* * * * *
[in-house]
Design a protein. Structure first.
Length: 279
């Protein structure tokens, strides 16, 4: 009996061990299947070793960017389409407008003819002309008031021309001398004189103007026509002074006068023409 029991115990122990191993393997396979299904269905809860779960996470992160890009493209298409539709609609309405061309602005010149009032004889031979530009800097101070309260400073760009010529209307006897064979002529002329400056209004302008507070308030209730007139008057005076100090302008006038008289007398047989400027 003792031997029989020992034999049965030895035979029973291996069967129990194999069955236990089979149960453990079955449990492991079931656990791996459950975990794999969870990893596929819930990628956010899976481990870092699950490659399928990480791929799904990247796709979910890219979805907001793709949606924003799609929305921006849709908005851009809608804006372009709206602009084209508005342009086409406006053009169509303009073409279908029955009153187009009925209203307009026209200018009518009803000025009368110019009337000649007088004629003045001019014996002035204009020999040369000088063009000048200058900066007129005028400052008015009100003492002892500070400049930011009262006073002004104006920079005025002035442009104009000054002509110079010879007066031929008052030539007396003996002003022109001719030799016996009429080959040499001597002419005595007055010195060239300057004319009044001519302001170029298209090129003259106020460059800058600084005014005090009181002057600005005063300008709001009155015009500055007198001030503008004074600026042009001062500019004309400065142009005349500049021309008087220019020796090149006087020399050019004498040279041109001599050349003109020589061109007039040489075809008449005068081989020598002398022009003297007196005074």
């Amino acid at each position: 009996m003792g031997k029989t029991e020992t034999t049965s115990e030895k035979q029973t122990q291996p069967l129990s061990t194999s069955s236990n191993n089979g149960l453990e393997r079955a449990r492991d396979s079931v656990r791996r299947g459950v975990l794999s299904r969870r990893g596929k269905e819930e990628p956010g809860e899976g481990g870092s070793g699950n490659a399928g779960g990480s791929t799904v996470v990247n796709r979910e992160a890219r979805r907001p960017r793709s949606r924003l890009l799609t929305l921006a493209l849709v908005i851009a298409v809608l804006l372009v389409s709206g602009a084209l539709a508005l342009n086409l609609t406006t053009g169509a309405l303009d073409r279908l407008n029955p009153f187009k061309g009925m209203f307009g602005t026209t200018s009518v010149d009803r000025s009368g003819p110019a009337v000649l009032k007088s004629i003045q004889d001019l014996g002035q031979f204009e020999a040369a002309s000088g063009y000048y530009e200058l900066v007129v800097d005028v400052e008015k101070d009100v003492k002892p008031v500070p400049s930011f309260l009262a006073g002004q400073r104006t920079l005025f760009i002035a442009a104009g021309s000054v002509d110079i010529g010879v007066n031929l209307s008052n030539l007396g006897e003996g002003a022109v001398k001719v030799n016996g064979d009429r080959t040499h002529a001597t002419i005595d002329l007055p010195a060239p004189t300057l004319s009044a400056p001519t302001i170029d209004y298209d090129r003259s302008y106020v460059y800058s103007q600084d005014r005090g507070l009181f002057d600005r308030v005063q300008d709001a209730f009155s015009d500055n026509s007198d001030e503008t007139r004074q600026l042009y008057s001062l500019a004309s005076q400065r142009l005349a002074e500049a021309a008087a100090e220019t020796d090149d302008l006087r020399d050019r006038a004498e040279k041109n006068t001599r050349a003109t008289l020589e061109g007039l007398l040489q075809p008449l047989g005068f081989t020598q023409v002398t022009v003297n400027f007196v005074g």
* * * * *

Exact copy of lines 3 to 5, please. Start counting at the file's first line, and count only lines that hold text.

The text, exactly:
Length: 279
């Protein structure tokens, strides 16, 4: 009996061990299947070793960017389409407008003819002309008031021309001398004189103007026509002074006068023409 029991115990122990191993393997396979299904269905809860779960996470992160890009493209298409539709609609309405061309602005010149009032004889031979530009800097101070309260400073760009010529209307006897064979002529002329400056209004302008507070308030209730007139008057005076100090302008006038008289007398047989400027 003792031997029989020992034999049965030895035979029973291996069967129990194999069955236990089979149960453990079955449990492991079931656990791996459950975990794999969870990893596929819930990628956010899976481990870092699950490659399928990480791929799904990247796709979910890219979805907001793709949606924003799609929305921006849709908005851009809608804006372009709206602009084209508005342009086409406006053009169509303009073409279908029955009153187009009925209203307009026209200018009518009803000025009368110019009337000649007088004629003045001019014996002035204009020999040369000088063009000048200058900066007129005028400052008015009100003492002892500070400049930011009262006073002004104006920079005025002035442009104009000054002509110079010879007066031929008052030539007396003996002003022109001719030799016996009429080959040499001597002419005595007055010195060239300057004319009044001519302001170029298209090129003259106020460059800058600084005014005090009181002057600005005063300008709001009155015009500055007198001030503008004074600026042009001062500019004309400065142009005349500049021309008087220019020796090149006087020399050019004498040279041109001599050349003109020589061109007039040489075809008449005068081989020598002398022009003297007196005074």
């Amino acid at each position: 009996m003792g031997k029989t029991e020992t034999t049965s115990e030895k035979q029973t122990q291996p069967l129990s061990t194999s069955s236990n191993n089979g149960l453990e393997r079955a449990r492991d396979s079931v656990r791996r299947g459950v975990l794999s299904r969870r990893g596929k269905e819930e990628p956010g809860e899976g481990g870092s070793g699950n490659a399928g779960g990480s791929t799904v996470v990247n796709r979910e992160a890219r979805r907001p960017r793709s949606r924003l890009l799609t929305l921006a493209l849709v908005i851009a298409v809608l804006l372009v389409s709206g602009a084209l539709a508005l342009n086409l609609t406006t053009g169509a309405l303009d073409r279908l407008n029955p009153f187009k061309g009925m209203f307009g602005t026209t200018s009518v010149d009803r000025s009368g003819p110019a009337v000649l009032k007088s004629i003045q004889d001019l014996g002035q031979f204009e020999a040369a002309s000088g063009y000048y530009e200058l900066v007129v800097d005028v400052e008015k101070d009100v003492k002892p008031v500070p400049s930011f309260l009262a006073g002004q400073r104006t920079l005025f760009i002035a442009a104009g021309s000054v002509d110079i010529g010879v007066n031929l209307s008052n030539l007396g006897e003996g002003a022109v001398k001719v030799n016996g064979d009429r080959t040499h002529a001597t002419i005595d002329l007055p010195a060239p004189t300057l004319s009044a400056p001519t302001i170029d209004y298209d090129r003259s302008y106020v460059y800058s103007q600084d005014r005090g507070l009181f002057d600005r308030v005063q300008d709001a209730f009155s015009d500055n026509s007198d001030e503008t007139r004074q600026l042009y008057s001062l500019a004309s005076q400065r142009l005349a002074e500049a021309a008087a100090e220019t020796d090149d302008l006087r020399d050019r006038a004498e040279k041109n006068t001599r050349a003109t008289l020589e061109g007039l007398l040489q075809p008449l047989g005068f081989t020598q023409v002398t022009v003297n400027f007196v005074g």